Page last updated at 05:22 GMT, Sunday, 20 July 2008 06:22 UK

Car restrictions begin in Beijing

An electronic billboard shows details of traffic control measures, Beijing, 20 July
Officials hope the traffic restrictions will improve air quality and congestion

Beijing's authorities have introduced drastic traffic rules in a bid to remove more than one million cars from the streets ahead of the Olympic Games.

The move, part of the fight against the Chinese capital's infamous pollution and congestion, restricts residents to using their cars on alternate days.

Officials hope about half of the city's estimated 3,300,000 cars will be forced from the road over the next two months.

A slew of measures to boost air quality has been implemented for the Games.

Construction workers have been ordered to down tools and high-polluting industries are cutting production.

The authorities have ordered firms, shops and other organisations to stagger work times to cut traffic volumes.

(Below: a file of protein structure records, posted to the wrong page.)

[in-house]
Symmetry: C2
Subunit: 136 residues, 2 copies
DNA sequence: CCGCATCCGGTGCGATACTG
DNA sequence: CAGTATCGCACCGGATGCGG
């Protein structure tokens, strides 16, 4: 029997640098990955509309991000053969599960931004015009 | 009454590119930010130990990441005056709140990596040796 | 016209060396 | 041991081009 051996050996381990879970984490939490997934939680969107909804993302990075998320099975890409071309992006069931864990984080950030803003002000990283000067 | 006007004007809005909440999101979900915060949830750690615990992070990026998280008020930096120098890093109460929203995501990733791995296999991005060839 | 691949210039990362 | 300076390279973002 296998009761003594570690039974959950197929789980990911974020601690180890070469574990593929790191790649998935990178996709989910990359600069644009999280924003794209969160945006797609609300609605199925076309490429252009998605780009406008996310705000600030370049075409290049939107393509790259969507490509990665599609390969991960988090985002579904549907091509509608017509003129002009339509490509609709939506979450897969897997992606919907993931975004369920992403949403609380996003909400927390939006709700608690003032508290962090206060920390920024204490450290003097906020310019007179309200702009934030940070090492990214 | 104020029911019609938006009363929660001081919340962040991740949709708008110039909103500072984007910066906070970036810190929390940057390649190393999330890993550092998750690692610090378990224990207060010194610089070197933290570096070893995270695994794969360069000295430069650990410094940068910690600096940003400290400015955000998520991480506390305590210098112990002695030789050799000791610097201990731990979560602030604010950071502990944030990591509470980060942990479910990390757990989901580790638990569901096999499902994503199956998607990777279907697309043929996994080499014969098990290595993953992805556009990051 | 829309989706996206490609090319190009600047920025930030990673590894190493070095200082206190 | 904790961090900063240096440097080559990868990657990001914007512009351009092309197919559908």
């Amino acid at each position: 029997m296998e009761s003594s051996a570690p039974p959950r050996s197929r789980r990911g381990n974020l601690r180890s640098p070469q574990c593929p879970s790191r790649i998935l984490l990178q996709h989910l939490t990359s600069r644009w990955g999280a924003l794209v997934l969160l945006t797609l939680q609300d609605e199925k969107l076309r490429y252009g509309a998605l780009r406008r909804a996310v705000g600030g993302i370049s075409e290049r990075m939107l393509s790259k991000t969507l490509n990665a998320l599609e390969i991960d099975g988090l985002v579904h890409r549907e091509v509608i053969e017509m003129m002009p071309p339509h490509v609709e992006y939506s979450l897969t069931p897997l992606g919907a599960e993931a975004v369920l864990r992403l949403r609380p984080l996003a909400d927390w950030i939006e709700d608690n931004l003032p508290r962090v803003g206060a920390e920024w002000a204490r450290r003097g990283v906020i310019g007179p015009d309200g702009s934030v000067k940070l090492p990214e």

They are also encouraging as many people as possible to work from home.

The city's public transport system has been improved to cater for millions of Beijingers forced to ditch their cars.

Surveillance system

The new car restriction, brought in from Sunday, is enforced using the driver's registration number.

A traffic policeman carries out a check on a motorist, Beijing, 20 July
The control measures are based on drivers' registration numbers

Odd-numbered registrations are allowed to use their cars one day, even-numbered the next.

More than 10,000 detection devices including cameras and "ultrasonic and microwave" scanners have been installed to catch anyone breaking the rules.

Drivers caught by the surveillance network will be fined 100 yuan ($15; 7.50).

The move reflects the importance officials are placing on combating air pollution - which remains a pressing problem just weeks before the start of the Games on 8 August.

The International Olympic Committee has said it could postpone endurance events of more than one hour on days when the pollution is too bad.

Has China's housing bubble burst?
How the world's oldest clove tree defied an empire
Why Royal Ballet principal Sergei Polunin quit


Americas Africa Europe Middle East South Asia Asia Pacific